For male revision rhinoplasty patients, initially perform a detailed anatomic and functional evaluation of the nose followed by documentation of the postoperative nasal deformities that are present and sites of nasal obstruction. After the problems and potential complications are identified, create a general surgical plan while studying the preoperative photographs and prepare to use everything in your surgical armamentarium since your preoperative plans for revision nasal surgery will usually change during surgery.

Below is my algorithm for a revision rhinoplasty consultation. When the appointment is made, the patient is asked to bring a copy of their medical records and operative reports from their rhinoplasty surgery or surgeries, in addition to photographs of their native nose. Review the notes and photos while the prospective patient is discussing surgery with your patient care coordinator. This will give you a head start on identifying the problems assuming that a problem exists. Next, a detailed history is performed while listening very carefully to the patient’s wishes. Does he have realistic expectations? This is by far the most important detail that the astute surgeon needs to attain from the history. What is the patient unhappy with – a pinched tip or polly-beak deformity?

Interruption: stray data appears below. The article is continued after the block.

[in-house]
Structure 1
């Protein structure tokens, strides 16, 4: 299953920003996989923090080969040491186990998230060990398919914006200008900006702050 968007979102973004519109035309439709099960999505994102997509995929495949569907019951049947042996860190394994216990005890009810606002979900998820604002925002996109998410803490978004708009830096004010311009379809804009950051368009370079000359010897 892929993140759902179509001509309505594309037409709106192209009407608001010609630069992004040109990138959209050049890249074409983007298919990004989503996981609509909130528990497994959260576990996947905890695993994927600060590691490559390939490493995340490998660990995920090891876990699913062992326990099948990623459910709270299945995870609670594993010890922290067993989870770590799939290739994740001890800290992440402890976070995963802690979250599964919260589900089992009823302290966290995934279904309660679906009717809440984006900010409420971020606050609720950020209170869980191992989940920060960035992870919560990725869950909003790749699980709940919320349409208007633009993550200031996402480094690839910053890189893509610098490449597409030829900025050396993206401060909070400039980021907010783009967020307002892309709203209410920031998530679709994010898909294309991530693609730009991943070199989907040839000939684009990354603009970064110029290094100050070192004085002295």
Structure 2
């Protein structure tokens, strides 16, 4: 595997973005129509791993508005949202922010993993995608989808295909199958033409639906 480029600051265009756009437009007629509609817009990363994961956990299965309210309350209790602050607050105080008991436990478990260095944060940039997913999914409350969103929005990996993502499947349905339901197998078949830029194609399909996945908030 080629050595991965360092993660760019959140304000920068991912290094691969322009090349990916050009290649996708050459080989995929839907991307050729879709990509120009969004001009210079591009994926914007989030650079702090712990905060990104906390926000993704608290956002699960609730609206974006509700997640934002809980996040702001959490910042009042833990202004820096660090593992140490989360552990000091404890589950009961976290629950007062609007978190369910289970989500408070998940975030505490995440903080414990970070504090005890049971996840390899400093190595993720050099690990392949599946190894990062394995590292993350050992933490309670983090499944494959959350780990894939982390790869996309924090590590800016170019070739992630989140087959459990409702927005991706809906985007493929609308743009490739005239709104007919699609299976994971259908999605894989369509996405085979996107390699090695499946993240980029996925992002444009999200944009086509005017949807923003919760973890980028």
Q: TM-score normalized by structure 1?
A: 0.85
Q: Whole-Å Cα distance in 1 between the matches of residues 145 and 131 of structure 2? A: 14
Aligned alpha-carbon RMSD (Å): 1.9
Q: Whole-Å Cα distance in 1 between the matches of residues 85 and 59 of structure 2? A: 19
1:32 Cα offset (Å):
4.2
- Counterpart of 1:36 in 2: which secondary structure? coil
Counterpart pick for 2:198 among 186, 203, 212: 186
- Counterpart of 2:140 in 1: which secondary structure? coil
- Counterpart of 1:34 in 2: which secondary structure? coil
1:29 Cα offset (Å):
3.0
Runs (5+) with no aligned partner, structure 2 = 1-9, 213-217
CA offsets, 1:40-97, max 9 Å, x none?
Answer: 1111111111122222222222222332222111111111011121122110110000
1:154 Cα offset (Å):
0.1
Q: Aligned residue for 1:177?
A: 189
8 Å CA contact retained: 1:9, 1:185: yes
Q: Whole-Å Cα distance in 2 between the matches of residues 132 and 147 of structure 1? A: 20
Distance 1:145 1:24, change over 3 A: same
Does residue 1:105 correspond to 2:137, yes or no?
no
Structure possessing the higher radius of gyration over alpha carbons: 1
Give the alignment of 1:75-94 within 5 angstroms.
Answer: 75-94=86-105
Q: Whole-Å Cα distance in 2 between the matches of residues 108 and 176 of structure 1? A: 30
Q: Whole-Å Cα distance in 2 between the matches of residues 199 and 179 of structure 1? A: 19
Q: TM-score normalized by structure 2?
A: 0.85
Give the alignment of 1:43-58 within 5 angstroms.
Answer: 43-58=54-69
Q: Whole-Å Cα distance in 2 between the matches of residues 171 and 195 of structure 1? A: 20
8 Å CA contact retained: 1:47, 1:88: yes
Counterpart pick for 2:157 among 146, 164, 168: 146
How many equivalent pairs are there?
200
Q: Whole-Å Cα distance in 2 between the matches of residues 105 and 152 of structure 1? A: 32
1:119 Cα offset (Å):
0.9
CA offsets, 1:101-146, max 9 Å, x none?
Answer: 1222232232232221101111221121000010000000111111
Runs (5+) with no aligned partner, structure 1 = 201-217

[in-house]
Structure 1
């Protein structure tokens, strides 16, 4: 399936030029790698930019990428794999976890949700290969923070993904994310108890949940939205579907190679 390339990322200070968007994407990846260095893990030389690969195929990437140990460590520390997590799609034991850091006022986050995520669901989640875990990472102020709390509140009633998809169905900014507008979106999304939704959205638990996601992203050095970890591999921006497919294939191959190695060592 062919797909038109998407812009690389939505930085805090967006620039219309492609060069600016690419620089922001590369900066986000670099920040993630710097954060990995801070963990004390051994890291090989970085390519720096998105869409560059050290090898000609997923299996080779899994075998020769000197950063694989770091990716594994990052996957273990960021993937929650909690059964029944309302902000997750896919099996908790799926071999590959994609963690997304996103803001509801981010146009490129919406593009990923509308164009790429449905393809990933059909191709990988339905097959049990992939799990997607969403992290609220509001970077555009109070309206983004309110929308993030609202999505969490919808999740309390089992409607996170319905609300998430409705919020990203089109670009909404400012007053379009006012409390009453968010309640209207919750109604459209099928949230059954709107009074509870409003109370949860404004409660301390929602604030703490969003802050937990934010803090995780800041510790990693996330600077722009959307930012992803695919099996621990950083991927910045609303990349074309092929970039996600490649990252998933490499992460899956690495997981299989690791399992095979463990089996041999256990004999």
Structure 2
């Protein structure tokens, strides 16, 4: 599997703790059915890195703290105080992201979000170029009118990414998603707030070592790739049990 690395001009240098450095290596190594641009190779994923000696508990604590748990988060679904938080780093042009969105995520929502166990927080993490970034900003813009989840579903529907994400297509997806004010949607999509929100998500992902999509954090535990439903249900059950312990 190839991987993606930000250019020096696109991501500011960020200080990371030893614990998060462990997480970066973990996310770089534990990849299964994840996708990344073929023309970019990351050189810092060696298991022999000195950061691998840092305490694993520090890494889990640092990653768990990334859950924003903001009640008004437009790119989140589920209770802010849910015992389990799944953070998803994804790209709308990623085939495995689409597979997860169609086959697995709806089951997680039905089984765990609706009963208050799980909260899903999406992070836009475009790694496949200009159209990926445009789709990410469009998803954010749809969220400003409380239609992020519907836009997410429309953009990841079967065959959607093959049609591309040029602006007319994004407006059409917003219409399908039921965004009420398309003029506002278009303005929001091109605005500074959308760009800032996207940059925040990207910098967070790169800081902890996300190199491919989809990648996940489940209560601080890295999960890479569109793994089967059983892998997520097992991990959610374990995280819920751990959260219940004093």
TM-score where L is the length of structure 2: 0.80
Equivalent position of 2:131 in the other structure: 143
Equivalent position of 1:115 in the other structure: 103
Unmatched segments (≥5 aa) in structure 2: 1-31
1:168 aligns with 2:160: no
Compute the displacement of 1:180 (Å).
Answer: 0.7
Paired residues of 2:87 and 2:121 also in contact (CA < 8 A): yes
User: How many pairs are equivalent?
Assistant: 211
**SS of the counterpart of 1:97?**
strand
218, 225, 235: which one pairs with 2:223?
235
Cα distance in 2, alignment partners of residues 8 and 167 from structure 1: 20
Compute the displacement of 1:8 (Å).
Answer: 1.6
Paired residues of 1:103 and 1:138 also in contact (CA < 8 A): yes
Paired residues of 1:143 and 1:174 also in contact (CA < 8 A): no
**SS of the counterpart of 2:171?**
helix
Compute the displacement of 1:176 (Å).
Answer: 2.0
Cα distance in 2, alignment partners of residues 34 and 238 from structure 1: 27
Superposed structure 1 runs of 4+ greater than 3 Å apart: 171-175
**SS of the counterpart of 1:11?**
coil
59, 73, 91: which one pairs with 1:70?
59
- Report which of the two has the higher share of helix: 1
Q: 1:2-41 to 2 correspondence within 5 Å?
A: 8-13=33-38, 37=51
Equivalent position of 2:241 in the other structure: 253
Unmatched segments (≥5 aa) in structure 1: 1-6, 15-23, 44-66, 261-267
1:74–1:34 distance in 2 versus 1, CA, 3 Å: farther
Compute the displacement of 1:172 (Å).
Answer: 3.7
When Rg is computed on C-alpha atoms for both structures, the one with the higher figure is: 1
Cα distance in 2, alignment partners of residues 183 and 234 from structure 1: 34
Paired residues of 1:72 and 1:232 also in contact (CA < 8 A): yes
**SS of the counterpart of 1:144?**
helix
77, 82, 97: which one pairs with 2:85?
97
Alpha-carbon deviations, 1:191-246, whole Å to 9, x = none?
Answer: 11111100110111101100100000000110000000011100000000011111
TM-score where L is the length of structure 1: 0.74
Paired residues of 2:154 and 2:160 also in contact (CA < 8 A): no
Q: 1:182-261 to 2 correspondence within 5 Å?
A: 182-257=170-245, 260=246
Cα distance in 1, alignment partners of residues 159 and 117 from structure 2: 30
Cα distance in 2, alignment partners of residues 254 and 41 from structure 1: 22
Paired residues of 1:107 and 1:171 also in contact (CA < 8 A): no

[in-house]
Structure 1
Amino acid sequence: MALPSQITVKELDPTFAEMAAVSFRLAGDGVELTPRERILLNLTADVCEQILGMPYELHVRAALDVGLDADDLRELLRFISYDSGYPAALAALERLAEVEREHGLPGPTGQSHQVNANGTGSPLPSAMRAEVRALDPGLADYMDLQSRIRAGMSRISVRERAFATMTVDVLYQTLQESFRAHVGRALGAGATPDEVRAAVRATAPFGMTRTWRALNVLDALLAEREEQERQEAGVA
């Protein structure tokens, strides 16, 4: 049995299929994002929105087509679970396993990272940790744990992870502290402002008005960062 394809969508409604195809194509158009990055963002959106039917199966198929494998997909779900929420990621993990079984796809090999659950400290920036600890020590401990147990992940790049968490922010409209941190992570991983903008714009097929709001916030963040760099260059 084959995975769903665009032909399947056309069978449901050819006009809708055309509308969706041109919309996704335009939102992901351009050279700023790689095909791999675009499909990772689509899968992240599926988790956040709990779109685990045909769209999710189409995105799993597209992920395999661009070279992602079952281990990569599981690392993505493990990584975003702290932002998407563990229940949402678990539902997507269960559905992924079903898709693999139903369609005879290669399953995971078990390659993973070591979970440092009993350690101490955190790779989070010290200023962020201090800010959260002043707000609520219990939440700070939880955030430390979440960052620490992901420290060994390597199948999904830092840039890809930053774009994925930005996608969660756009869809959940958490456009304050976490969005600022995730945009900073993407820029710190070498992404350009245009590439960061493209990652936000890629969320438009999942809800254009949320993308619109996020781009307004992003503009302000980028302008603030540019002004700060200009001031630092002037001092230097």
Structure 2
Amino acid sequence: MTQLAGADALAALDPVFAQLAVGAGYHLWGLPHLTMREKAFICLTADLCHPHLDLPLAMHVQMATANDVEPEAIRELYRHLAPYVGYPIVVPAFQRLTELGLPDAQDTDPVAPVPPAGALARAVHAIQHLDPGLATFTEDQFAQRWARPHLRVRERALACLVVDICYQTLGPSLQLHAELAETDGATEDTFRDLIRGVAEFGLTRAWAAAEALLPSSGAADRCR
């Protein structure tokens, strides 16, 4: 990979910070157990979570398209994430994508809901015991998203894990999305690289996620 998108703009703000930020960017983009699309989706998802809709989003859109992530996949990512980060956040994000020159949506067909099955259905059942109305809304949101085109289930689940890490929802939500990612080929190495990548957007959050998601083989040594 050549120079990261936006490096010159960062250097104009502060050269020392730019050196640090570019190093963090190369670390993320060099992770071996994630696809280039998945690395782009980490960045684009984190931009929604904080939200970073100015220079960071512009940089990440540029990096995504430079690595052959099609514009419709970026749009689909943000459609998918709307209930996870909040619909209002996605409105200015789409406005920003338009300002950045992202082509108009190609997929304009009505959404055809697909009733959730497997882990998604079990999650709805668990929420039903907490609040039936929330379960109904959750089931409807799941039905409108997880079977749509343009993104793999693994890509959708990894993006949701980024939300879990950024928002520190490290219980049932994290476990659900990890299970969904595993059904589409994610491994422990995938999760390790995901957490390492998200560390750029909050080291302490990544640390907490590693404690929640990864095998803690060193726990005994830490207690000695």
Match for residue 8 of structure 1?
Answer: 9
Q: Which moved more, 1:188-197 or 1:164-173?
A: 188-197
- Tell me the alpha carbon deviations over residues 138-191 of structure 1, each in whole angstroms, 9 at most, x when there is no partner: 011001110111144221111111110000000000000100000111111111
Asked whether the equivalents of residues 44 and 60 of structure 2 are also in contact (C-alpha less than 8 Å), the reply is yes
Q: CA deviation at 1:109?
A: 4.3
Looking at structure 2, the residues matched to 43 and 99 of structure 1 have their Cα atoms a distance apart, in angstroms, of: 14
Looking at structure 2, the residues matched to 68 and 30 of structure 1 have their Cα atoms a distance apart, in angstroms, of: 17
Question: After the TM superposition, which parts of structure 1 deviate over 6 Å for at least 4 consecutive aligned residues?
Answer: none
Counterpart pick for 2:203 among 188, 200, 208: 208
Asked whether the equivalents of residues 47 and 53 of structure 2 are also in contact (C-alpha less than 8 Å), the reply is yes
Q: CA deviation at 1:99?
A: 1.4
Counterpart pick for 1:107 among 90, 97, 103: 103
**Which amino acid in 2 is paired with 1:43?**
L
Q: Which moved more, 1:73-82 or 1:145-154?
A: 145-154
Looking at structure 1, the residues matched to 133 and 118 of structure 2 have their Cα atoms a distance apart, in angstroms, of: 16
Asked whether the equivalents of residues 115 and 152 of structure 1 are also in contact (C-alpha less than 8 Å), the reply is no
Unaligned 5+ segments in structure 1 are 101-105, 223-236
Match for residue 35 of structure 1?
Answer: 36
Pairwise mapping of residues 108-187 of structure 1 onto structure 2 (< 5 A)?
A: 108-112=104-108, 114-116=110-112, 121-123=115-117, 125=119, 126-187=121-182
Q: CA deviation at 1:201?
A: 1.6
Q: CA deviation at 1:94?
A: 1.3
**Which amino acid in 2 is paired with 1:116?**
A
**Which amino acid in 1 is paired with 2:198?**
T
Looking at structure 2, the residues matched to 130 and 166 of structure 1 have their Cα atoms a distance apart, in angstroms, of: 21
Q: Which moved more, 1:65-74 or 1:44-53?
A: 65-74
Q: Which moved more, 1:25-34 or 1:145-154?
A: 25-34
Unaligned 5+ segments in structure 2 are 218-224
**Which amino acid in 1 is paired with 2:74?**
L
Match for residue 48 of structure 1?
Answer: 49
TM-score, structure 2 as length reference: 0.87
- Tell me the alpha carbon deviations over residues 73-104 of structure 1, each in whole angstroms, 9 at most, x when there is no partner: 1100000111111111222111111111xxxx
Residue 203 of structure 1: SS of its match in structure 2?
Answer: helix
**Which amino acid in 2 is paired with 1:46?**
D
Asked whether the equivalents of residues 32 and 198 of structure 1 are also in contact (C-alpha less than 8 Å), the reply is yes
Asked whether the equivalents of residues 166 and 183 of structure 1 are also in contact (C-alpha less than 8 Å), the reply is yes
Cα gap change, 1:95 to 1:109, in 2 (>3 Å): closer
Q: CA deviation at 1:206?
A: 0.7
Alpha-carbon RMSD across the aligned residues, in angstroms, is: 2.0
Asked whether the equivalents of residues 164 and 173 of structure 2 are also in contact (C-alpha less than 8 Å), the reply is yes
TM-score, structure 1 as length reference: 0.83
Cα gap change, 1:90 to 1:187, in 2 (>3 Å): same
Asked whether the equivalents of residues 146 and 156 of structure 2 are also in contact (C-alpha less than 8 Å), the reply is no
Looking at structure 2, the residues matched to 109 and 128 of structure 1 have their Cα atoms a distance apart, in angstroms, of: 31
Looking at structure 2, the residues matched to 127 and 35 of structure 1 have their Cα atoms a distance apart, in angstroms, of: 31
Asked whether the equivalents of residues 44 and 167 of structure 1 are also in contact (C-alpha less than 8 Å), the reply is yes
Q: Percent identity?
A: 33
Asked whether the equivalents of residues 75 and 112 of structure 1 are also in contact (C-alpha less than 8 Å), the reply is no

Additionally, listen to the patient and see if negative comments are made or if the patient is seeking litigation against the prior surgeon. If this is the scenario, you may want to think twice prior to performing a revision rhinoplasty on this patient. If the male patient is not happy with the results of his surgery by you, there is a good chance that he will be saying unkind words about you in the subsequent surgeon’s office. Does he fit the SIMON profile (Single, Immature, Male, Obsessive, and Narcissistic)? If so, watch out since these patients are very difficult to please and are litiginous. During the initial five minutes of your history, the astute surgeon should know if the patient is a good candidate for revision surgery. Poor patient selection can lead to an unhappy patient and surgeon.